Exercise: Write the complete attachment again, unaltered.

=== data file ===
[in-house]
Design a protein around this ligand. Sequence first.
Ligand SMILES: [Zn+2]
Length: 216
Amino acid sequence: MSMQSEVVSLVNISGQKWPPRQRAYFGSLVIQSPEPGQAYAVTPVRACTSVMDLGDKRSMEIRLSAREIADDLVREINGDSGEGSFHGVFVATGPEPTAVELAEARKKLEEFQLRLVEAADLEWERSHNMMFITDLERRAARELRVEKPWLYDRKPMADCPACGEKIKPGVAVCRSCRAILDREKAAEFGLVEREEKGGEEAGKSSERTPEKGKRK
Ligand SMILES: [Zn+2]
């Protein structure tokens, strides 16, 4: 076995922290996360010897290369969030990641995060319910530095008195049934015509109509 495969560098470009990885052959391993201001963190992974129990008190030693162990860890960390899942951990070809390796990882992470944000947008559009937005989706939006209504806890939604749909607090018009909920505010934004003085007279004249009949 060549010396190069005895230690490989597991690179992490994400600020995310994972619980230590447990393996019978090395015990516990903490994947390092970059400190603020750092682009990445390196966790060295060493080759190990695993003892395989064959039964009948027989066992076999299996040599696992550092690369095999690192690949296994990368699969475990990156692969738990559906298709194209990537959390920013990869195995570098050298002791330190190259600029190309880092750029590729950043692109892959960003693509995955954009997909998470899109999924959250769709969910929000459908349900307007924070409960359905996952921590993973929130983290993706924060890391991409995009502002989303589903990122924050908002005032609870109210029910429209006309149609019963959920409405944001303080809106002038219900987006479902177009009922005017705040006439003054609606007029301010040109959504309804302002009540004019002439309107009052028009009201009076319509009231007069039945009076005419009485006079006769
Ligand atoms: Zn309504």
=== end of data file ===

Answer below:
[in-house]
Design a protein around this ligand. Sequence first.
Ligand SMILES: [Zn+2]
Length: 216
Amino acid sequence: MSMQSEVVSLVNISGQKWPPRQRAYFGSLVIQSPEPGQAYAVTPVRACTSVMDLGDKRSMEIRLSAREIADDLVREINGDSGEGSFHGVFVATGPEPTAVELAEARKKLEEFQLRLVEAADLEWERSHNMMFITDLERRAARELRVEKPWLYDRKPMADCPACGEKIKPGVAVCRSCRAILDREKAAEFGLVEREEKGGEEAGKSSERTPEKGKRK
Ligand SMILES: [Zn+2]
């Protein structure tokens, strides 16, 4: 076995922290996360010897290369969030990641995060319910530095008195049934015509109509 495969560098470009990885052959391993201001963190992974129990008190030693162990860890960390899942951990070809390796990882992470944000947008559009937005989706939006209504806890939604749909607090018009909920505010934004003085007279004249009949 060549010396190069005895230690490989597991690179992490994400600020995310994972619980230590447990393996019978090395015990516990903490994947390092970059400190603020750092682009990445390196966790060295060493080759190990695993003892395989064959039964009948027989066992076999299996040599696992550092690369095999690192690949296994990368699969475990990156692969738990559906298709194209990537959390920013990869195995570098050298002791330190190259600029190309880092750029590729950043692109892959960003693509995955954009997909998470899109999924959250769709969910929000459908349900307007924070409960359905996952921590993973929130983290993706924060890391991409995009502002989303589903990122924050908002005032609870109210029910429209006309149609019963959920409405944001303080809106002038219900987006479902177009009922005017705040006439003054609606007029301010040109959504309804302002009540004019002439309107009052028009009201009076319509009231007069039945009076005419009485006079006769
Ligand atoms: Zn309504």